# Power Series and Radius of Convergence

When we deal with power series, the radius of convergence becomes a very important concept. But what exactly *is* the radius of convergence? Let''s find out:

## The radius of convergence defined

We know that a series is "convergent" if it approaches a particular finite value. In other words, a convergent series has a sequence of partial sums that approaches a limit as *n* tends to infinity. We have probably examples of this before -- such as the way certain series approach an asymptote while never actually intersecting with it.

If the series *does* not show this tendency, then we call it "divergent."

## Working with convergent series

How do we know whether this series is convergent:

_{∞}∑(−1)

^{n}

^{n = 0}

s_2 = 1-1+1 =1

s_4 = 1-1+1-1 = 0

Recall that a power series takes the following form:

_{∞}Σc

_{n}(x-a)

^{n}

^{n = 0}

_{n}are numbers. We call the c

_{n}values "coefficients of the series."

The most important thing to remember is that the values of x determine whether a series is divergent or convergent.

We know that whenever x=a, the power series converges.

So what exactly is the radius of convergence? We can envision this as the radius of a "disc" in which the series converges.

If we know that an interval of convergence is the largest in the entire series, we call this (and only this) the interval of convergence. It is centered at the center of the power series. If we need to find the radius of convergence, we simply take half of the interval. Note that this value could be non-negative, real, or even infinite.

If we know that the radius of convergence is centered at a, then it also converges for the real values of x, such that:

r

It also

*diverges*for:

The series converges in the interval

x

a+r

*And:*

*The series diverges for*

a-r

But how do we find the radius of convergence?

One method is the ratio test:

_{∞}∑c

_{n}(x−a)

^{n}

^{n=0}

_{n}+1(x−a)

^{n+1}÷C

_{n}(x−a)

^{n}|

1^{n→∞}

_{∞}∑c

_{n}(x−a)

^{n}

^{n=0}

_{n}(x−a)

^{n})

^{1/n}|

1^{n→∞}

## Practicing our skills

Now let''s use our knowledge to find the radius of convergence for a given power series. Consider the following power series:

_{∞}∑(x−1)

^{n}÷2

^{n}

^{n=0}

^{n+1}/2

^{n+1}÷(x-1)

^{n}/2

^{n})|

This leaves us with:

^{n+1}/2

^{n+1})*(2

^{n}/(x-1)

^{n}|

We can simplify this as:

Now we can take the limits:

lim|(x-1)/2| = |(x-1)/2|

^{n→∞}

The series converges for

*x*such that

1.

In other words:

x-1

2

2

Now we know that the radius of convergence is 2, and the interval of convergence is (-1, 3).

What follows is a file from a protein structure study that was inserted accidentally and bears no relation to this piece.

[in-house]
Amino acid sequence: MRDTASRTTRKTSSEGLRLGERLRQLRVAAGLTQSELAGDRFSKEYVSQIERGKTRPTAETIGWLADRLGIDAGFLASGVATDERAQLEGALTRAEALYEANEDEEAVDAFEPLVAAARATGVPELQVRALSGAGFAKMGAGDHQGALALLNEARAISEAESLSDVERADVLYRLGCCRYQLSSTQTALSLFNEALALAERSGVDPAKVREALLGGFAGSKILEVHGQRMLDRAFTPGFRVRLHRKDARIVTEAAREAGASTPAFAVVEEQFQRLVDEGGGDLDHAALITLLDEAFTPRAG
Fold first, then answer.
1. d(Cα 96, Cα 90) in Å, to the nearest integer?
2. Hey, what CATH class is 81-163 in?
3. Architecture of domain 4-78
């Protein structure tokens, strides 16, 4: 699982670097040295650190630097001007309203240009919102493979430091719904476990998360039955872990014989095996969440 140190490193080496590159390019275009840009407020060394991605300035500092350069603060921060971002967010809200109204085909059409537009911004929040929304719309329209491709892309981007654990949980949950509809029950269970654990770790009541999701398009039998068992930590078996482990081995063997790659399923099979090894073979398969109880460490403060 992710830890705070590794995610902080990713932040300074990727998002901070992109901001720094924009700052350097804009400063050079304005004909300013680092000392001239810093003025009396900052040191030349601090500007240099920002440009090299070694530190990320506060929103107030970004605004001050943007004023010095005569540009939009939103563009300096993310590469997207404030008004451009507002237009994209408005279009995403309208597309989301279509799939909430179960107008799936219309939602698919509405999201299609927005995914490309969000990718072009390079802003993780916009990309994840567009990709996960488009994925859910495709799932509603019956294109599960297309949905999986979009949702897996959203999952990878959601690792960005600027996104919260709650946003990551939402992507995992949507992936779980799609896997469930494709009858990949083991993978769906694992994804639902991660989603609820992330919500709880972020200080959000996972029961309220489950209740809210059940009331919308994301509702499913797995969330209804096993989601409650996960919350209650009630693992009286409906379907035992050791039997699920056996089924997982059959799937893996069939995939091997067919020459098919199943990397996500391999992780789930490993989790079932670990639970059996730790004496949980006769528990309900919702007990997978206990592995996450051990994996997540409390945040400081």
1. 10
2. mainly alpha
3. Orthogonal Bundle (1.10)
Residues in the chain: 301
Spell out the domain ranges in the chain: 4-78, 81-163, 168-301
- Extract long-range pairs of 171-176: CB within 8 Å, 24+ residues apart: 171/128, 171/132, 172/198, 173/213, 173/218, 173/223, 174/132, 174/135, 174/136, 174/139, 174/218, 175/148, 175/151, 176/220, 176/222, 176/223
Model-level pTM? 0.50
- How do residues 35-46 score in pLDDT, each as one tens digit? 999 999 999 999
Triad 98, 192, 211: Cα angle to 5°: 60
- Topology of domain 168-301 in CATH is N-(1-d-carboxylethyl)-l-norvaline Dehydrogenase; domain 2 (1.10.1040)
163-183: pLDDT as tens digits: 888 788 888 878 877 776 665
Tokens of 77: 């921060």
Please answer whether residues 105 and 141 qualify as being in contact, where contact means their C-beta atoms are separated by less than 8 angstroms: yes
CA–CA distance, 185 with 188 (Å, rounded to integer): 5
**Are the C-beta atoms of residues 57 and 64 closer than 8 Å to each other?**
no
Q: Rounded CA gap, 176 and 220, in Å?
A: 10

## Topics related to the Power Series and Radius of Convergence

Sum of the First n Terms of an Arithmetic Sequence

## Flashcards covering the Power Series and Radius of Convergence

## Practice tests covering the Power Series and Radius of Convergence

AP Calculus BC Diagnostic Tests

## Pair your student with a tutor who understands the radius of convergence

The radius of convergence is rooted in straightforward mathematical concepts, but putting these concepts together can lead to confusion. Fortunately, a tutor can break down complicated steps into smaller, more manageable chunks. This can make all the difference -- especially if you''re feeling lost during fast-paced classroom lectures. You can also turn to your tutor for help and guidance when you get stuck. Reach out to our Educational Directors today. Varsity Tutors will make sure you get the assistance you need from a qualified math tutor.

- Nuclear Physics Tutors
- Abstract Algebra Tutors
- ERB CTP Courses & Classes
- Louisiana EOC Courses & Classes
- OLSAT Courses & Classes
- CCP-V - Citrix Certified Professional - Virtualization Test Prep
- Geodesy Tutors
- Six Sigma Training
- Florida EOC Assessment Test Prep
- Certified ScrumMaster Courses & Classes
- CLEP Test Prep
- .NET Tutors
- ARM - Associate in Risk Management Test Prep
- Series 53 Courses & Classes
- ARM - Associate in Risk Management Courses & Classes
- Connecticut Bar Exam Courses & Classes
- Actuarial Exam P Courses & Classes
- ASHI - American Society of Home Inspectors Test Prep
- IB Language A: Literature SL Tutors
- California Proficiency Program (CPP) Courses & Classes